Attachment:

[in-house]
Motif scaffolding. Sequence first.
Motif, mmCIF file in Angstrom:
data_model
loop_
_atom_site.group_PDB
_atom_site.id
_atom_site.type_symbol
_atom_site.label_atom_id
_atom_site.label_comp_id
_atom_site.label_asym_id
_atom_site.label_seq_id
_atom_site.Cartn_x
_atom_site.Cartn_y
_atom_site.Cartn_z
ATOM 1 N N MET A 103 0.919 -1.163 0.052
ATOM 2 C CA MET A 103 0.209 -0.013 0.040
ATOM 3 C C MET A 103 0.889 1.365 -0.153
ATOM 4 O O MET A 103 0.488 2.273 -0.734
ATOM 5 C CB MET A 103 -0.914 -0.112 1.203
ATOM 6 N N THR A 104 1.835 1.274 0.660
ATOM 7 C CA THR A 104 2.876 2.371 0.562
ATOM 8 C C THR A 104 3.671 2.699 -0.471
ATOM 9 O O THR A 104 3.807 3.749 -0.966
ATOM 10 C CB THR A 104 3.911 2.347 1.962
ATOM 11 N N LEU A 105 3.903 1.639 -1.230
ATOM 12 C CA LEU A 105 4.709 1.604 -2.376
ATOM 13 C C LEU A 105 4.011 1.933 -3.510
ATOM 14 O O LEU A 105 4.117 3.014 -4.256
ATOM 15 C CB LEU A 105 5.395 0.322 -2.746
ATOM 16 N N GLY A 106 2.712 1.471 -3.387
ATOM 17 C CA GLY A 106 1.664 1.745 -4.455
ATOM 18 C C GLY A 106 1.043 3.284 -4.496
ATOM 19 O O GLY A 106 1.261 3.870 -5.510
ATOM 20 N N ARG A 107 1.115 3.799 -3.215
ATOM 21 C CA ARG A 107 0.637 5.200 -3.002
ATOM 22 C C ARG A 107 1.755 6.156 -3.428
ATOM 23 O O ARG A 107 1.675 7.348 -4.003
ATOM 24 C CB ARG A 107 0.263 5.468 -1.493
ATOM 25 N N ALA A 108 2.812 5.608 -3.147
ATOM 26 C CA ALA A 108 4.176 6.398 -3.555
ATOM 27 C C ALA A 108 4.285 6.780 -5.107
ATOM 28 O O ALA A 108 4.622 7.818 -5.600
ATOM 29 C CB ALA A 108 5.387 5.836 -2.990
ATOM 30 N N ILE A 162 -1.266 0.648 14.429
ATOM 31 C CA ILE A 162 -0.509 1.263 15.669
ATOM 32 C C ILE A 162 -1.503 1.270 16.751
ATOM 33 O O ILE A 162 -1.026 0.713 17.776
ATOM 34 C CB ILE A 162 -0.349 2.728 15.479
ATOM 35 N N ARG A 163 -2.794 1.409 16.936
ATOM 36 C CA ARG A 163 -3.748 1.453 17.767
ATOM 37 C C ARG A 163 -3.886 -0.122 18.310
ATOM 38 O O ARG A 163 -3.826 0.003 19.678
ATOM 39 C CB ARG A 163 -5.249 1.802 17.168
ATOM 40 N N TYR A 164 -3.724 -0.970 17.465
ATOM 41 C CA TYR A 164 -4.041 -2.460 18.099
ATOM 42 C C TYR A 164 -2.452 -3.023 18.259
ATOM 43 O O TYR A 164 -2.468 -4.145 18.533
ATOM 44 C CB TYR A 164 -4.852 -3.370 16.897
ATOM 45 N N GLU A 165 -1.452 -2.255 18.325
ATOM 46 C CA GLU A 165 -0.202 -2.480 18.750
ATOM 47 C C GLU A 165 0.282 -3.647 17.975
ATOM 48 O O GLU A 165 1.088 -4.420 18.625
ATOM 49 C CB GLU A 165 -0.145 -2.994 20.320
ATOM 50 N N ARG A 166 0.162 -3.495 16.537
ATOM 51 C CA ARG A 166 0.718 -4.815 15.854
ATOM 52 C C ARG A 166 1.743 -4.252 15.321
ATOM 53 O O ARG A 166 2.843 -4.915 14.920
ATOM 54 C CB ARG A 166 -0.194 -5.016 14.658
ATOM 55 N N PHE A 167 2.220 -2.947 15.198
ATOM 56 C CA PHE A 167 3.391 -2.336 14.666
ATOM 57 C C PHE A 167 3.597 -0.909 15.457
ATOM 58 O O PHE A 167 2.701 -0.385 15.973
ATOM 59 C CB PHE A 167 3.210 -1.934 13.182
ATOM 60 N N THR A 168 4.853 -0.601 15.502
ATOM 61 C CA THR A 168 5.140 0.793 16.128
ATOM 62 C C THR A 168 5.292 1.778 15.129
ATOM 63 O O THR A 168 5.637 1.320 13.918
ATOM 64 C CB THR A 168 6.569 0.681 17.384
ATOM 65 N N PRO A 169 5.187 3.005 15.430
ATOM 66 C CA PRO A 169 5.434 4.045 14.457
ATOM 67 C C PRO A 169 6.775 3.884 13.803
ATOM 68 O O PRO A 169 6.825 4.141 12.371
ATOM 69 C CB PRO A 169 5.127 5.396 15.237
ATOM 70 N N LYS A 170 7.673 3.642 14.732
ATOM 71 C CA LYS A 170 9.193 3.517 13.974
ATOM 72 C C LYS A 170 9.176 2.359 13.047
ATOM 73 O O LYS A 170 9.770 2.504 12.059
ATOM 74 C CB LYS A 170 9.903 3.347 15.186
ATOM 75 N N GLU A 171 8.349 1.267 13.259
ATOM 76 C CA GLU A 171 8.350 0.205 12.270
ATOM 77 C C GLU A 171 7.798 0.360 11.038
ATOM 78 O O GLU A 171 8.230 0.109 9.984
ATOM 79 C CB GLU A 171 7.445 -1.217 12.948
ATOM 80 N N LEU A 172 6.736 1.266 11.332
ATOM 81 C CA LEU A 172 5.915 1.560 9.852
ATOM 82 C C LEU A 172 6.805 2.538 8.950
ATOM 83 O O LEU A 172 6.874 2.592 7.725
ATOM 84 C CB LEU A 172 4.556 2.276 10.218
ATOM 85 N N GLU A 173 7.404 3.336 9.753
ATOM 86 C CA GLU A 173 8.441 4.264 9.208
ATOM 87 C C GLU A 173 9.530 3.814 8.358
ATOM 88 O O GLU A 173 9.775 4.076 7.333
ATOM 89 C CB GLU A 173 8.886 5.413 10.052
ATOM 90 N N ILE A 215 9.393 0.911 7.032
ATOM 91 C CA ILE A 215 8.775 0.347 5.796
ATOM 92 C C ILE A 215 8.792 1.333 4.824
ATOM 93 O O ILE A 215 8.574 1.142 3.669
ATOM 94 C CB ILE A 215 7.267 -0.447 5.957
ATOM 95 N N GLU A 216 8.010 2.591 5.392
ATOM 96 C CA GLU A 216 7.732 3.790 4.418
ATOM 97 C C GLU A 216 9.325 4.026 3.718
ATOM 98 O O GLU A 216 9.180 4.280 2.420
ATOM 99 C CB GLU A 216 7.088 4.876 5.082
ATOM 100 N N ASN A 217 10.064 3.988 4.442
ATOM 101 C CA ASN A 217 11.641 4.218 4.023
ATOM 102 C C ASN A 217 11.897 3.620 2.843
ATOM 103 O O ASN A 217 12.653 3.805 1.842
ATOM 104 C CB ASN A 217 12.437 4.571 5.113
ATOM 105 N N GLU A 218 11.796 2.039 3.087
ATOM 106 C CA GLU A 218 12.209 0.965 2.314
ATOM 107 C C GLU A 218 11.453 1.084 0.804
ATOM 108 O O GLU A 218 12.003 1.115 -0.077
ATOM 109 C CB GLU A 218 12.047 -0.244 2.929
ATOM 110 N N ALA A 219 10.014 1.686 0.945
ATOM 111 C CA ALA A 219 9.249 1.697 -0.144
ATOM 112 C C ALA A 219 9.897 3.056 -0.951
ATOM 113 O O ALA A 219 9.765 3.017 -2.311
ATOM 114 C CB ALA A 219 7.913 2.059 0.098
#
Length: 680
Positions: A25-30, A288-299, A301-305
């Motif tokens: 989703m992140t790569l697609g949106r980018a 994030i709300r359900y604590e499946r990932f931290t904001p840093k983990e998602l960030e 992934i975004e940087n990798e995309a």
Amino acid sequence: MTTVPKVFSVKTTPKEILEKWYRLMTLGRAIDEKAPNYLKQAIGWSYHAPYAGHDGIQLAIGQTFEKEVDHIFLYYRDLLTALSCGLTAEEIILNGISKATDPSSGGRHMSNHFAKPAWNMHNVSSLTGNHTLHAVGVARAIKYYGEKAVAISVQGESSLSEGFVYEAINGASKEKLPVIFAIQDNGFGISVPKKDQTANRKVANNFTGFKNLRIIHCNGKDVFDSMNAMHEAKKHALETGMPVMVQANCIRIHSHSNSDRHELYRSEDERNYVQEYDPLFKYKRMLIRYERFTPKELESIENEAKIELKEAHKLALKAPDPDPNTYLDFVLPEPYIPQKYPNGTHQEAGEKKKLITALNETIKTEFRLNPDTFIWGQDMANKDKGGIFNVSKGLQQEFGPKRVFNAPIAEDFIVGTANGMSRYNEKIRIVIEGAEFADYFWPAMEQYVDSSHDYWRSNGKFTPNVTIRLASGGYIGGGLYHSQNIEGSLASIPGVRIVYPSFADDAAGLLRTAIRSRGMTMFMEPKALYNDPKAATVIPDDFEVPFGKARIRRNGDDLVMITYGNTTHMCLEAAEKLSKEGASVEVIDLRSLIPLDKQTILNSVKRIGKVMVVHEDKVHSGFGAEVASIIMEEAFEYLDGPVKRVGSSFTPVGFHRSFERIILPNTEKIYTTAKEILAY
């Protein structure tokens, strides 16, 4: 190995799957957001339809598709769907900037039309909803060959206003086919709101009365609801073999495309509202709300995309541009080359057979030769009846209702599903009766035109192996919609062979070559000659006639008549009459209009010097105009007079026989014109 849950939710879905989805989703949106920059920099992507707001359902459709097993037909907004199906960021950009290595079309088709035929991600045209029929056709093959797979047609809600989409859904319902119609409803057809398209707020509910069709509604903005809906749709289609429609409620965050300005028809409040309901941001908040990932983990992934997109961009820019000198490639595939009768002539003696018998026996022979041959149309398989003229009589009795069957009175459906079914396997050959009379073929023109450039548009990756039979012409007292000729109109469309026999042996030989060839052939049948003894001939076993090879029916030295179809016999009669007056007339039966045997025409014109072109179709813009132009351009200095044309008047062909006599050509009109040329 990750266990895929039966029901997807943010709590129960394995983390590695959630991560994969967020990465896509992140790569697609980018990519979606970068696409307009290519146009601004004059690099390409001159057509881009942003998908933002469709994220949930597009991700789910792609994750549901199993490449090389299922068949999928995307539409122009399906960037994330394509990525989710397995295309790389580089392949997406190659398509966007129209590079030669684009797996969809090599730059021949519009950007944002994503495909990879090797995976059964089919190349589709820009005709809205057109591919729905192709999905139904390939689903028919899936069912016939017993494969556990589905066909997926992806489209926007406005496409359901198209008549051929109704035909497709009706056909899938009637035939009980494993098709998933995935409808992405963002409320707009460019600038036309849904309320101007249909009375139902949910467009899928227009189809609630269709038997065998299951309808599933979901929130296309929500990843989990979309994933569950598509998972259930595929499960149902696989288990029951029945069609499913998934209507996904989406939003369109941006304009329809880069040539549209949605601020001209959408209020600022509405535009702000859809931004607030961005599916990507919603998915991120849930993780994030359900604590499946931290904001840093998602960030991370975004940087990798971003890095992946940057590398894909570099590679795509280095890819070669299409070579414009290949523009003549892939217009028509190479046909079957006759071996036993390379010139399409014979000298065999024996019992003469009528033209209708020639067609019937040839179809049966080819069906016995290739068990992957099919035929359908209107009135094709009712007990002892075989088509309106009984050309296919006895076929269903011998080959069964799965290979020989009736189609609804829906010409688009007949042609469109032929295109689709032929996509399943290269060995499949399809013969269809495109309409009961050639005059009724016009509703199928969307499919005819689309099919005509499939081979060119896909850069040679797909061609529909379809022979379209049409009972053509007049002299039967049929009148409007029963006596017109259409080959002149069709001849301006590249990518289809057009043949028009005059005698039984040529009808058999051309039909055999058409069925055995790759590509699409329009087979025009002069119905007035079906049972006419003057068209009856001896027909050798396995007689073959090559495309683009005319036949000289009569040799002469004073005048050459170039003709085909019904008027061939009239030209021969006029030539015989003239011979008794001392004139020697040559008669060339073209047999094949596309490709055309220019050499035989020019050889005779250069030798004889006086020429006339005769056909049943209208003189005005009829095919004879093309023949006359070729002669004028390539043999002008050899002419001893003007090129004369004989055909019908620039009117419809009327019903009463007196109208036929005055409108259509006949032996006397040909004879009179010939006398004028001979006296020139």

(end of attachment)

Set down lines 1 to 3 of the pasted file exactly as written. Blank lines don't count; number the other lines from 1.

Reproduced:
[in-house]
Motif scaffolding. Sequence first.
Motif, mmCIF file in Angstrom: